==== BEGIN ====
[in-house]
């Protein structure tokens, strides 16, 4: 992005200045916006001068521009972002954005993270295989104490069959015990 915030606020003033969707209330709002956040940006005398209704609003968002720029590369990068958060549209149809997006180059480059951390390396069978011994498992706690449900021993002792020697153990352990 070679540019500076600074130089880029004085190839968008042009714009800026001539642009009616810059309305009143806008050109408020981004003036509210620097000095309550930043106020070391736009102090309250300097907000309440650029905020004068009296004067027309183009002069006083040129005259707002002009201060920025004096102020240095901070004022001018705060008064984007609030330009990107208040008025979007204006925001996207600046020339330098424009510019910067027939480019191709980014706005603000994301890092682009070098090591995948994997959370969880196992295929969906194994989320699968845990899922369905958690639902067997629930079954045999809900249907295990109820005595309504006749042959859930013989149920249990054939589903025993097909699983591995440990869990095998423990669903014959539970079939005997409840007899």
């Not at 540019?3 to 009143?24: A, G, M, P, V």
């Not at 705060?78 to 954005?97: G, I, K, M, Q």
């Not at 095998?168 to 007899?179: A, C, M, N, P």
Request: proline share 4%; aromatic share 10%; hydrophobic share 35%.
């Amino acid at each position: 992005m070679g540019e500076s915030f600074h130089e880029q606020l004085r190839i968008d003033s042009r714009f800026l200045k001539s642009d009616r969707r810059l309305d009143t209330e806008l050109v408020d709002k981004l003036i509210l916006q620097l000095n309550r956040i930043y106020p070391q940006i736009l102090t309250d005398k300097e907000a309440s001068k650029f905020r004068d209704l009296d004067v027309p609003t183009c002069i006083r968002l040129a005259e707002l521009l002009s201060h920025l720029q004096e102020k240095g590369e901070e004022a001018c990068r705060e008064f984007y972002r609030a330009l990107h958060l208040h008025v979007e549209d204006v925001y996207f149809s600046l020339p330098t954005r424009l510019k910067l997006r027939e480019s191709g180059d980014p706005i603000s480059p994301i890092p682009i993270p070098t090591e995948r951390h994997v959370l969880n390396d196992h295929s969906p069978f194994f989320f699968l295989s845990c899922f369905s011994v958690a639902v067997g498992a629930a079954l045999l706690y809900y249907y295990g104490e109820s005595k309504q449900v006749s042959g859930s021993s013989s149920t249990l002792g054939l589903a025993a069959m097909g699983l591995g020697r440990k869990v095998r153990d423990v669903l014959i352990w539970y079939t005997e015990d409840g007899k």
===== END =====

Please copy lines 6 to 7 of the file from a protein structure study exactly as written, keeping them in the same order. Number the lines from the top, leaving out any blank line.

Request: proline share 4%; aromatic share 10%; hydrophobic share 35%.
């Amino acid at each position: 992005m070679g540019e500076s915030f600074h130089e880029q606020l004085r190839i968008d003033s042009r714009f800026l200045k001539s642009d009616r969707r810059l309305d009143t209330e806008l050109v408020d709002k981004l003036i509210l916006q620097l000095n309550r956040i930043y106020p070391q940006i736009l102090t309250d005398k300097e907000a309440s001068k650029f905020r004068d209704l009296d004067v027309p609003t183009c002069i006083r968002l040129a005259e707002l521009l002009s201060h920025l720029q004096e102020k240095g590369e901070e004022a001018c990068r705060e008064f984007y972002r609030a330009l990107h958060l208040h008025v979007e549209d204006v925001y996207f149809s600046l020339p330098t954005r424009l510019k910067l997006r027939e480019s191709g180059d980014p706005i603000s480059p994301i890092p682009i993270p070098t090591e995948r951390h994997v959370l969880n390396d196992h295929s969906p069978f194994f989320f699968l295989s845990c899922f369905s011994v958690a639902v067997g498992a629930a079954l045999l706690y809900y249907y295990g104490e109820s005595k309504q449900v006749s042959g859930s021993s013989s149920t249990l002792g054939l589903a025993a069959m097909g699983l591995g020697r440990k869990v095998r153990d423990v669903l014959i352990w539970y079939t005997e015990d409840g007899k």